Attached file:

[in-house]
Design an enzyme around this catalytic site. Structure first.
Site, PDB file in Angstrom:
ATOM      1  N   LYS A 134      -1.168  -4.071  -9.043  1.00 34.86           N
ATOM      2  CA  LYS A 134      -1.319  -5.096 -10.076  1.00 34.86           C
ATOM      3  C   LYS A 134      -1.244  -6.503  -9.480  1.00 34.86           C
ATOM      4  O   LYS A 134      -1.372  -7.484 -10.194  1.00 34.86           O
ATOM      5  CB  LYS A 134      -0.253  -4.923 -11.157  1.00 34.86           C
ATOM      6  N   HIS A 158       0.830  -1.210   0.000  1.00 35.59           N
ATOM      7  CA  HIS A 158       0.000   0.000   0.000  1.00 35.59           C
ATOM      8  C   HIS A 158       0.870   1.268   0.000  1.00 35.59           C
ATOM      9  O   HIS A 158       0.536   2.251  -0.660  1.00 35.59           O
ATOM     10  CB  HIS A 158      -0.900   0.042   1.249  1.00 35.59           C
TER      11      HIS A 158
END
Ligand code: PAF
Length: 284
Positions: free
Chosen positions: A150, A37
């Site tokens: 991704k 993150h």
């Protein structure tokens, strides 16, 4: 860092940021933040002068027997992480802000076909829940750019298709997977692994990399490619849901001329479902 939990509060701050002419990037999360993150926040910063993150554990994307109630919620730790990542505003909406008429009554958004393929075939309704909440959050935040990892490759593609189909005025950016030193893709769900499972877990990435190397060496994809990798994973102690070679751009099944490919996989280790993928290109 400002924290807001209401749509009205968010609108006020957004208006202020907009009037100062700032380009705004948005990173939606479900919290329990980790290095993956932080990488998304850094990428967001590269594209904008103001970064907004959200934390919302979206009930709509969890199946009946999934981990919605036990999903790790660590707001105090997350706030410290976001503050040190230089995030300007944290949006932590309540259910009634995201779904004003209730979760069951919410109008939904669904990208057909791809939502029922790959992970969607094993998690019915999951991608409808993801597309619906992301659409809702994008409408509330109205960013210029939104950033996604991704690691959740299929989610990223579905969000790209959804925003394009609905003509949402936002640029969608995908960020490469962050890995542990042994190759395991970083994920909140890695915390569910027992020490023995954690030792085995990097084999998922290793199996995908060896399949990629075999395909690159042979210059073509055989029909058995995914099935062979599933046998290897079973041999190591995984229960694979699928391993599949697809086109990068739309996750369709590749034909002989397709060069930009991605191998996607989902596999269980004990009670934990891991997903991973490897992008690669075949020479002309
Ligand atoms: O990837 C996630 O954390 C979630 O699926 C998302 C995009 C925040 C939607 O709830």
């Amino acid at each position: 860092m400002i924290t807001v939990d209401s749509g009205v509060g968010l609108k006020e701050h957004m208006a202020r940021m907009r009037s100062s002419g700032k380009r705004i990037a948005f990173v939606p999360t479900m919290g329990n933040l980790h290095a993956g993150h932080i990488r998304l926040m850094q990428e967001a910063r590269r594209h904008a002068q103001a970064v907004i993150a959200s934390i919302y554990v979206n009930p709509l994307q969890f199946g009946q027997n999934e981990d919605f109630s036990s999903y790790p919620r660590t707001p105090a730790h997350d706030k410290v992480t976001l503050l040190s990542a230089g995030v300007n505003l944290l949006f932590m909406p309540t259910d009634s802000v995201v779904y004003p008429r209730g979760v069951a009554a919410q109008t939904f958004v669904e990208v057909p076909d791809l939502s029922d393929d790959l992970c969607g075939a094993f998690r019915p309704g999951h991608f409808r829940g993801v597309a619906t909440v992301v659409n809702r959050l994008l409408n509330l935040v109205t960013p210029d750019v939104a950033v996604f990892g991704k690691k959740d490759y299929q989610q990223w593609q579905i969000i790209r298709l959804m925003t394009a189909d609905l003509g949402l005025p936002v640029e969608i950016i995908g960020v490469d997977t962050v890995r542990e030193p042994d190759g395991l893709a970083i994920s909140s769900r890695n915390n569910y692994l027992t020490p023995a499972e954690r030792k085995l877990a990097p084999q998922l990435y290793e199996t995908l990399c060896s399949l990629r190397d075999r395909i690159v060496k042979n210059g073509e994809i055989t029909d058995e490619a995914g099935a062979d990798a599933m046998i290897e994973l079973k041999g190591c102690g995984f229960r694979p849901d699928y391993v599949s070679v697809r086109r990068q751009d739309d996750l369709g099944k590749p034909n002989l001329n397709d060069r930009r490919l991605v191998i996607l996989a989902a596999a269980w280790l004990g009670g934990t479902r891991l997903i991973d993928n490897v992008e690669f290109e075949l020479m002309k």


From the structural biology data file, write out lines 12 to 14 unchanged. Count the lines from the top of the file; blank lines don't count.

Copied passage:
ATOM      9  O   HIS A 158       0.536   2.251  -0.660  1.00 35.59           O
ATOM     10  CB  HIS A 158      -0.900   0.042   1.249  1.00 35.59           C
TER      11      HIS A 158